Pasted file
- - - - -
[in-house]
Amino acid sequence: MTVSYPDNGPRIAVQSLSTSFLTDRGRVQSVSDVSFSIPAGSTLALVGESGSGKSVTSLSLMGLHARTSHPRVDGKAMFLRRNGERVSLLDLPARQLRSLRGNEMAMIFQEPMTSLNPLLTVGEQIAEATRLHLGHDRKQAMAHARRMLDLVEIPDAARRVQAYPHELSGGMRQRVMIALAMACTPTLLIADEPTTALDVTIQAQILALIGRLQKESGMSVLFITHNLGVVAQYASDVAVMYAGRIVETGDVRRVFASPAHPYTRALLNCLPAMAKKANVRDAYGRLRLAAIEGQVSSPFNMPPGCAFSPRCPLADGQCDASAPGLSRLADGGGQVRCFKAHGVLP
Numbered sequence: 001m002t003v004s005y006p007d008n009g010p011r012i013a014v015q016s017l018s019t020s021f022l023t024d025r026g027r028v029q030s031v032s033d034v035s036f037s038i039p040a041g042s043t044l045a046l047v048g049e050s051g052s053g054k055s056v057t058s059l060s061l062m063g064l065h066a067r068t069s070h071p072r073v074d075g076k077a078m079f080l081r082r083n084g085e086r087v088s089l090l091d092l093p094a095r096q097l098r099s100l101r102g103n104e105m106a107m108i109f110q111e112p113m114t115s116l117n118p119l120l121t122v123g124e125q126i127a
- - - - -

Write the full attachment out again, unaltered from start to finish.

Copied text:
[in-house]
Amino acid sequence: MTVSYPDNGPRIAVQSLSTSFLTDRGRVQSVSDVSFSIPAGSTLALVGESGSGKSVTSLSLMGLHARTSHPRVDGKAMFLRRNGERVSLLDLPARQLRSLRGNEMAMIFQEPMTSLNPLLTVGEQIAEATRLHLGHDRKQAMAHARRMLDLVEIPDAARRVQAYPHELSGGMRQRVMIALAMACTPTLLIADEPTTALDVTIQAQILALIGRLQKESGMSVLFITHNLGVVAQYASDVAVMYAGRIVETGDVRRVFASPAHPYTRALLNCLPAMAKKANVRDAYGRLRLAAIEGQVSSPFNMPPGCAFSPRCPLADGQCDASAPGLSRLADGGGQVRCFKAHGVLP
Numbered sequence: 001m002t003v004s005y006p007d008n009g010p011r012i013a014v015q016s017l018s019t020s021f022l023t024d025r026g027r028v029q030s031v032s033d034v035s036f037s038i039p040a041g042s043t044l045a046l047v048g049e050s051g052s053g054k055s056v057t058s059l060s061l062m063g064l065h066a067r068t069s070h071p072r073v074d075g076k077a078m079f080l081r082r083n084g085e086r087v088s089l090l091d092l093p094a095r096q097l098r099s100l101r102g103n104e105m106a107m108i109f110q111e112p113m114t115s116l117n118p119l120l121t122v123g124e125q126i127a